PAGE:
Author's School

School of Engineering & Applied Science

Author's Department/Program

Computer Science and Engineering


English (en)

Date of Award


Degree Type


Degree Name

Doctor of Philosophy (PhD)

Chair and Committee

Christopher Gill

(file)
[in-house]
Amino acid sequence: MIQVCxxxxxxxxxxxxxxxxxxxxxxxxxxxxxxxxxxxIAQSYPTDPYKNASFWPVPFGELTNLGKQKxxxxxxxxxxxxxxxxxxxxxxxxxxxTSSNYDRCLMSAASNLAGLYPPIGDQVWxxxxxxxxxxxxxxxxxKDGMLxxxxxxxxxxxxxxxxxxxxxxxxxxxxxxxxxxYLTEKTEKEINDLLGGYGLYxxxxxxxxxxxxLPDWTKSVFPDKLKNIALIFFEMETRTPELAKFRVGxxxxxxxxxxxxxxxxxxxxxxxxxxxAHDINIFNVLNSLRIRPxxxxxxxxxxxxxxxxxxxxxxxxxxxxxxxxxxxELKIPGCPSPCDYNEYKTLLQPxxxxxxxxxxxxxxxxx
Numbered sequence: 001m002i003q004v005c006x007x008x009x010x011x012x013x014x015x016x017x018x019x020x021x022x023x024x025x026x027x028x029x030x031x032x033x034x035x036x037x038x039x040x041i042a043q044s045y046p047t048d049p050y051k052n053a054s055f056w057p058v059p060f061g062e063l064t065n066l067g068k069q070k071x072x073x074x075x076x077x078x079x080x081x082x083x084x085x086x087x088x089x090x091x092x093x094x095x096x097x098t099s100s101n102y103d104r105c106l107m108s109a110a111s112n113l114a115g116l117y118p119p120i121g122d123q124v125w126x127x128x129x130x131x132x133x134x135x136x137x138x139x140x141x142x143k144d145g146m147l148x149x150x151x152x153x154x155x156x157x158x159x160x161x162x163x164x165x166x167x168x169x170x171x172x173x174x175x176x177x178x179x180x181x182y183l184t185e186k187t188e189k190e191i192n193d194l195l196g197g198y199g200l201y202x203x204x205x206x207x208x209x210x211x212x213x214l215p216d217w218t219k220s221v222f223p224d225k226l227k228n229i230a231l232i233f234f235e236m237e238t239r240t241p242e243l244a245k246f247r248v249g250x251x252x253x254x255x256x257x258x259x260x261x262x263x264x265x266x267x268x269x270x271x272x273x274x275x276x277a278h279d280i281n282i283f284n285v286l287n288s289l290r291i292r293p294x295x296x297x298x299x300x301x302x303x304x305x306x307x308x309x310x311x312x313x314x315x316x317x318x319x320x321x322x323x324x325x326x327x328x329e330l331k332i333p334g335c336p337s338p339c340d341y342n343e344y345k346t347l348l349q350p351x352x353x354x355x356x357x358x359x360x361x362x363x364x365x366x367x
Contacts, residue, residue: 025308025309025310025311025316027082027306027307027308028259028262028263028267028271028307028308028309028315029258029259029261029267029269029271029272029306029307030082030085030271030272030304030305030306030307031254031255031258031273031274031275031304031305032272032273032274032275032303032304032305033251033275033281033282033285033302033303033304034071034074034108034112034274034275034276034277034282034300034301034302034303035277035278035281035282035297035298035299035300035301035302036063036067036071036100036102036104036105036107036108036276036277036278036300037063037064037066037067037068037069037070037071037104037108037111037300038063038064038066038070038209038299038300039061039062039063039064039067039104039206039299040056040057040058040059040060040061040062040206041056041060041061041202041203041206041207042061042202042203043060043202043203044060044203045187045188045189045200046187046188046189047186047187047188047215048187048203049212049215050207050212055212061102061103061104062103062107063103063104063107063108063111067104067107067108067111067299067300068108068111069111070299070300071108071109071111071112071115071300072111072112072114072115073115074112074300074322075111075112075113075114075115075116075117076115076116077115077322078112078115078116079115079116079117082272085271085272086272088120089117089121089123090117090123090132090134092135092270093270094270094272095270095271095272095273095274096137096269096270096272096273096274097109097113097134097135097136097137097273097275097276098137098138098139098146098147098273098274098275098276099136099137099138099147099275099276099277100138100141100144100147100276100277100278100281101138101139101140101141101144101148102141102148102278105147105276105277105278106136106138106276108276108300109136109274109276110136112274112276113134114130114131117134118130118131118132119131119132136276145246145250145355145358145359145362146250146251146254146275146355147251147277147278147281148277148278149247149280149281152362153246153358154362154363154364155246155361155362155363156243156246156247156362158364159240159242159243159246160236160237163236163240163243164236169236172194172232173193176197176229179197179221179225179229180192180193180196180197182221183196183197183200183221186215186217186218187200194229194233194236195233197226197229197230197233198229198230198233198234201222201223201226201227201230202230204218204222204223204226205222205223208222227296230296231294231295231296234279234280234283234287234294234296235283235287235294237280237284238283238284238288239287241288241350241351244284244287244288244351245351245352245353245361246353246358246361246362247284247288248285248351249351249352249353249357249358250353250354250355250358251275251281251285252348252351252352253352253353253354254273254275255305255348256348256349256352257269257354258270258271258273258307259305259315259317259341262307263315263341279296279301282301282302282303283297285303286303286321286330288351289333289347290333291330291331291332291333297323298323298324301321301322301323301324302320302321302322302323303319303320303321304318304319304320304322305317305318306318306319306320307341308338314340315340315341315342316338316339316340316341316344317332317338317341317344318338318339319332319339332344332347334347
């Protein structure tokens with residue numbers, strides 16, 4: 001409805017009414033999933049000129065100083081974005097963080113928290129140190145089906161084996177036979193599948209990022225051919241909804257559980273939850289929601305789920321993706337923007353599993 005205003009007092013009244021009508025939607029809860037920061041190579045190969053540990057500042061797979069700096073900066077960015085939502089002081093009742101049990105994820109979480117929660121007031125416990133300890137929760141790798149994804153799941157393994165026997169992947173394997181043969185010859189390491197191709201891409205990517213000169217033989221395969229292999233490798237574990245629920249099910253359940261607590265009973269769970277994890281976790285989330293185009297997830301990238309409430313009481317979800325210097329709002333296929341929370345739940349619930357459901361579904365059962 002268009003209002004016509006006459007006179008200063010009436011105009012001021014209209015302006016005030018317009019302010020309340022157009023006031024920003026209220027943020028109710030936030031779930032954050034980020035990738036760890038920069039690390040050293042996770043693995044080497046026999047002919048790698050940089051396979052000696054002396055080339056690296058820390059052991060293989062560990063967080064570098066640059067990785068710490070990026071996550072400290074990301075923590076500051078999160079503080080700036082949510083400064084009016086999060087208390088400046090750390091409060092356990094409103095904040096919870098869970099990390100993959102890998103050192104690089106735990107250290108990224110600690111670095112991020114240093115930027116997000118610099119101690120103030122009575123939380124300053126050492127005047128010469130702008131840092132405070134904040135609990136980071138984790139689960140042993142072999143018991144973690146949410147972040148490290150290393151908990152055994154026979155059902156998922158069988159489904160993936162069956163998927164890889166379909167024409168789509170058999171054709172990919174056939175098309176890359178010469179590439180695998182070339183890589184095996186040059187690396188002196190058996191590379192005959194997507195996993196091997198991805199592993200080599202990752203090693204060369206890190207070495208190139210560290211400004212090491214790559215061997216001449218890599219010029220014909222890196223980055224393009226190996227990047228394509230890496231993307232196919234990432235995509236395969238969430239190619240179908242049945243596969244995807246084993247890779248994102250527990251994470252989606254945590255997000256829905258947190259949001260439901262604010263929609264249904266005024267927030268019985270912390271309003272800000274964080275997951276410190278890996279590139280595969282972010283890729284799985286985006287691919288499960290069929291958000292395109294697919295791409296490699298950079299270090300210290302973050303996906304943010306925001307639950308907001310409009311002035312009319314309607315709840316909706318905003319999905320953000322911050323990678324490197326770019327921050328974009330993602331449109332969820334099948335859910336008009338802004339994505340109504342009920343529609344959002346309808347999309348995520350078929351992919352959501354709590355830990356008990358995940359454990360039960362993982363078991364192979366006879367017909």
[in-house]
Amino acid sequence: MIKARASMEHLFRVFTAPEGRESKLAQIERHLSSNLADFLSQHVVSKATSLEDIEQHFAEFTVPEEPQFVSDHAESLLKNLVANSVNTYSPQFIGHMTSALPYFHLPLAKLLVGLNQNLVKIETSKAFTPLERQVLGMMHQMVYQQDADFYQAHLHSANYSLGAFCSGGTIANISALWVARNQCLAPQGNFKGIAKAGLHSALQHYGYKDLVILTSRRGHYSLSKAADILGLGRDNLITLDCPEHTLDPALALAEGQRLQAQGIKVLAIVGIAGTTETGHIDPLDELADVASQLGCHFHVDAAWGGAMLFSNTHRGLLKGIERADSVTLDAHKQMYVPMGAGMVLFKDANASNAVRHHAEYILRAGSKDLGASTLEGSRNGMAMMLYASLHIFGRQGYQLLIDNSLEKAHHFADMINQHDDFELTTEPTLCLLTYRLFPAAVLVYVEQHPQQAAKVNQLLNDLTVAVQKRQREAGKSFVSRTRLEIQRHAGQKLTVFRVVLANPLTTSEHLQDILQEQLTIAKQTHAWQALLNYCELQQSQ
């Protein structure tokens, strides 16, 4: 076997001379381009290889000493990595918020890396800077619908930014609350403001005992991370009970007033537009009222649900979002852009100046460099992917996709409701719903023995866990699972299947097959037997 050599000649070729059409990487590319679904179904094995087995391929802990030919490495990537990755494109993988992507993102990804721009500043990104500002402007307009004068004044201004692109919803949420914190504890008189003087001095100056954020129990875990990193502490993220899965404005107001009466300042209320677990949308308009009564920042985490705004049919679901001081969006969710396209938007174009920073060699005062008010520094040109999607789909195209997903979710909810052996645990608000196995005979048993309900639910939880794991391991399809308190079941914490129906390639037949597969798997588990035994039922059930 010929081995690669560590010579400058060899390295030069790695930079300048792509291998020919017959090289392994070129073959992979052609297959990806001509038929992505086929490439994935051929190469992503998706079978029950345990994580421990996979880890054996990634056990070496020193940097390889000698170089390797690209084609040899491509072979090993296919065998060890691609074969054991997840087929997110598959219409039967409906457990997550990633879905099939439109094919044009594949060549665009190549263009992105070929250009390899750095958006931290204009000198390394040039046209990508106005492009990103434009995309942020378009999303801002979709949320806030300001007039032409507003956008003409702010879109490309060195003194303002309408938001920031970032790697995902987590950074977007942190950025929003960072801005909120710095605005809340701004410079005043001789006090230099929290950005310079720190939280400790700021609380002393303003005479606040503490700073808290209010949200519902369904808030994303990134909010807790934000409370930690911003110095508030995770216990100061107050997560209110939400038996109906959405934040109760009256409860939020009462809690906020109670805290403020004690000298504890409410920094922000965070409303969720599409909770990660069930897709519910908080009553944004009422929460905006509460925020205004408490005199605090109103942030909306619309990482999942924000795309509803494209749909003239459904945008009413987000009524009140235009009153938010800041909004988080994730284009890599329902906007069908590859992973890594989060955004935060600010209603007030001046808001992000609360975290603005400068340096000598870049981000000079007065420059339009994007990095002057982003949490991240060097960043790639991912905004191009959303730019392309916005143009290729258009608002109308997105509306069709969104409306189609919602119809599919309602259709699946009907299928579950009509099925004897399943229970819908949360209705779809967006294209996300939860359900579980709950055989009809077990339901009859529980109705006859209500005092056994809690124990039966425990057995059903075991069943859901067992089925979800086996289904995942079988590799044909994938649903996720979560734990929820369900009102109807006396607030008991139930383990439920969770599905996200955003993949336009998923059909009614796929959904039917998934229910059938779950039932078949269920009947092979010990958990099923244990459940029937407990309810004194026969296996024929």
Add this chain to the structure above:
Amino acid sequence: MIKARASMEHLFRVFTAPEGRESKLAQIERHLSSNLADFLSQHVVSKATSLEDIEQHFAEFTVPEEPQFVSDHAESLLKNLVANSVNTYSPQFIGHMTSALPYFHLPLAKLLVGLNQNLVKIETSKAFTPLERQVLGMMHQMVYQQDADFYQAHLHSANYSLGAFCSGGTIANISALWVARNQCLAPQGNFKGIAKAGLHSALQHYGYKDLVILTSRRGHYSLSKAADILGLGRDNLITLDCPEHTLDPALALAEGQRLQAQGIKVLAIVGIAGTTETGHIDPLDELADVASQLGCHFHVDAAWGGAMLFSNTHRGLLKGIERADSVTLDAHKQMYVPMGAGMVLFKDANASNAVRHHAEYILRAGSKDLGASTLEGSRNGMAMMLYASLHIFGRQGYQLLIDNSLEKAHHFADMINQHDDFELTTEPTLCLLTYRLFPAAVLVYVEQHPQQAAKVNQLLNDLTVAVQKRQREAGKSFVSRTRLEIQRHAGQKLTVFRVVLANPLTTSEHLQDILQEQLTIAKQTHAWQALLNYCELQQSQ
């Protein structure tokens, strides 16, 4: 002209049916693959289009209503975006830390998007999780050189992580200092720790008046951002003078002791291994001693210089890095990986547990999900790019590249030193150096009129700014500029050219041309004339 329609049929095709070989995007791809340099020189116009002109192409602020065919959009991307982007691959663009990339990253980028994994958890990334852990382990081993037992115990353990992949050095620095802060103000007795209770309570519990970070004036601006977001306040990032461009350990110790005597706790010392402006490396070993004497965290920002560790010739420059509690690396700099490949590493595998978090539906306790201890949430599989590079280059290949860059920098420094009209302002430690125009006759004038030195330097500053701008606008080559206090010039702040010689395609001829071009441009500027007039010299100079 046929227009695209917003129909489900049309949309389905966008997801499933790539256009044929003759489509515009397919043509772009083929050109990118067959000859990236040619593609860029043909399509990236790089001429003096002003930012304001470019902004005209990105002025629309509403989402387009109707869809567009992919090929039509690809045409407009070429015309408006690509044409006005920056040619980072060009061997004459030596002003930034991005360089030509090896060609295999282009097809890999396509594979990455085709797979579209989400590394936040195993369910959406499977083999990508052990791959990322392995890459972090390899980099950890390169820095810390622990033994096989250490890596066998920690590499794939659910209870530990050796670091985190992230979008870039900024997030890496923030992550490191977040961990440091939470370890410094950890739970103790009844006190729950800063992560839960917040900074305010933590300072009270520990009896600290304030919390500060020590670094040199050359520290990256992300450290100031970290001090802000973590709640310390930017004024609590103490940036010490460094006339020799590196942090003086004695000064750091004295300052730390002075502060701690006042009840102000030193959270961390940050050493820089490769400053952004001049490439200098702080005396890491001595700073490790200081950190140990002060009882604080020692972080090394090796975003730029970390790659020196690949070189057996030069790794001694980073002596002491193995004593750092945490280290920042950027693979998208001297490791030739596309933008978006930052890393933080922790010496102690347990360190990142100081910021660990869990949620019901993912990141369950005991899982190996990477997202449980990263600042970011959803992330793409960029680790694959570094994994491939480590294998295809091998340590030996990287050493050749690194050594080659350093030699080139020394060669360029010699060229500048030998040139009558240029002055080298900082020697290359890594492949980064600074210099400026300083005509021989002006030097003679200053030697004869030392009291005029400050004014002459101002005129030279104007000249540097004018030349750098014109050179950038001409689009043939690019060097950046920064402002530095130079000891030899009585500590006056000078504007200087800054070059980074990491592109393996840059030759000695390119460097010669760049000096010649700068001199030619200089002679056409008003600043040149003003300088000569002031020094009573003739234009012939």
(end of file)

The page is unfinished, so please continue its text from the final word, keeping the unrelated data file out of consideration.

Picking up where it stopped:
Time utility functions offer a reasonably general way to describe the complex timing constraints of real-time and cyber-physical systems. However, utility-aware scheduling policy design is an open research problem. In particular, scheduling policies that optimize expected utility accrual are needed for real-time and cyber-physical domains. This dissertation addresses the problem of utility-aware scheduling for systems with periodic real-time task sets and stochastic non-preemptive execution intervals. We model these systems as Markov Decision Processes. This model provides an evaluation framework by which different scheduling policies can be compared. By solving the Markov Decision Process we can derive value-optimal scheduling policies for moderate sized problems. However, the time and memory complexity of computing and storing value-optimal scheduling policies also necessitates the exploration of other more scalable solutions. We consider heuristic schedulers, including a generalization we have developed for the existing Utility Accrual Packet Scheduling Algorithm. We compare several heuristics under soft and hard real-time conditions, different load conditions, and different classes of time utility functions. Based on these evaluations we present guidelines for which heuristics are best suited to particular scheduling criteria. Finally, we address the memory complexity of value-optimal scheduling, and examine trade-offs between optimality and memory complexity. We show that it is possible to derive good low complexity scheduling decision functions based on a synthesis of heuristics and reduced-memory approximations of the value-optimal scheduling policy.



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